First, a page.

Shotgun Over Penetration on Drywall

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Testing buck shot, slugs and bird shot through 4 mock interior walls. COUPON CODE for ammoforsale.com Use code “DemoRanchAFS” for off any order of 0 o…
Video Rating: 4 / 5

Bob Schmidt shows you the way you need to prepare your drywall finishing topping or joint compound bucket, so it will be ready for the next time you need to …
Video Rating: 4 / 5

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Drywall cutouts make good targets
Drywall
Image by Brother O’Mara
Especially when they’re hanging – they give out satisfying little puffs of dust when you hit them.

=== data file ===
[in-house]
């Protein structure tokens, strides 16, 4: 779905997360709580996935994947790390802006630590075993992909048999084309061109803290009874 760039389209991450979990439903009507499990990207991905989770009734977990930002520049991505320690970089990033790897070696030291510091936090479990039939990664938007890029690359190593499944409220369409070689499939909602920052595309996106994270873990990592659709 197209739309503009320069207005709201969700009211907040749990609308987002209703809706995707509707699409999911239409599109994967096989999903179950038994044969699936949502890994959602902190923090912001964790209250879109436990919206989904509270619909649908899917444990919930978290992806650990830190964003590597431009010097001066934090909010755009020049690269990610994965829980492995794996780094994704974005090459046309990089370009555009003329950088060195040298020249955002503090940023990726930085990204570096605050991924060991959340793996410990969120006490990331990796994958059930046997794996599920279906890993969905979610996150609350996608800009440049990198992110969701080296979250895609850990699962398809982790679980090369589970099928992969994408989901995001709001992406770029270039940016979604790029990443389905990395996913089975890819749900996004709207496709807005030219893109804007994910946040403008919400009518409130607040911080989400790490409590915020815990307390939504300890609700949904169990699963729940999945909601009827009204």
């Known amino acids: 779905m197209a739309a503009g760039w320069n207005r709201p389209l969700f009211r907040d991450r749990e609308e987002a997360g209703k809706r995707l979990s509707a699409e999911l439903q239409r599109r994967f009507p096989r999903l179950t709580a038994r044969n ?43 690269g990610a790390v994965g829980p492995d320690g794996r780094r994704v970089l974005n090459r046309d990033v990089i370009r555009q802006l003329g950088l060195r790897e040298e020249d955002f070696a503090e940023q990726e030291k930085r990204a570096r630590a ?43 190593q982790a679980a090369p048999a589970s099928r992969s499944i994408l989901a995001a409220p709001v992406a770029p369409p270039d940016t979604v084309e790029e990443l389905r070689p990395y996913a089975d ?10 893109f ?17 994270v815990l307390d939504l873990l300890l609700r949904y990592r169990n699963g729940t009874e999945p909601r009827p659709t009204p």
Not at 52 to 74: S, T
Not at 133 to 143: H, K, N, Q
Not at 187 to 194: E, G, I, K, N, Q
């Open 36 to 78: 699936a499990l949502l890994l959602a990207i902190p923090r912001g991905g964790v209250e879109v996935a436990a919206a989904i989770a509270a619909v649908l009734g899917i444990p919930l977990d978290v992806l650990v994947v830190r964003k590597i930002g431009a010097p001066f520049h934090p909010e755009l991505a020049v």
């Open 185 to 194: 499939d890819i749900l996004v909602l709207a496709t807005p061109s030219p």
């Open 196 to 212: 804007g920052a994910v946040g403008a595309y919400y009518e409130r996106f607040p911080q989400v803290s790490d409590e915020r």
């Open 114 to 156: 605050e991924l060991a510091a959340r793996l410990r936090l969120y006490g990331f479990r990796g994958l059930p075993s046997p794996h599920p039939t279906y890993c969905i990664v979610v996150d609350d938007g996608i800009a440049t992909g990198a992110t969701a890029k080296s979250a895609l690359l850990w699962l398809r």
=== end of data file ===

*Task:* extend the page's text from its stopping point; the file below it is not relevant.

50 responses on “Shotgun Over Penetration on Drywall

  1. Alex Kampschmidt

    I wanna see you shoot some small rocks or pebbles. Kinda test if it would
    make good make shift ammo as well. 

  2. handgunsNmore

    nice work friend……but how about repeating the same test with some thick
    plywood like 3/4 or 5/8 as a backstop maybe cpl feet distance, to
    demonstrate the effect of the four walls on penetration of hard
    objects……….after passing thru walls
    PLEASE keep up the good work

  3. Andy W

    I have one criticism for this test and others like it. In this test all the
    simulated walls were around 1-2 feet away from each other. In real life you
    will not fire through one wall and have another this close behind it. It
    will be at least several feet before the shot will encounter another wall.
    And I think that will make a difference in penetration. The shot pattern
    will have had more time to spread out and therefore penetration will likely
    decrease from what is seen in the video. 

  4. Ascendo Tuum

    Without insulation it would make a difference with birdshot, believe it or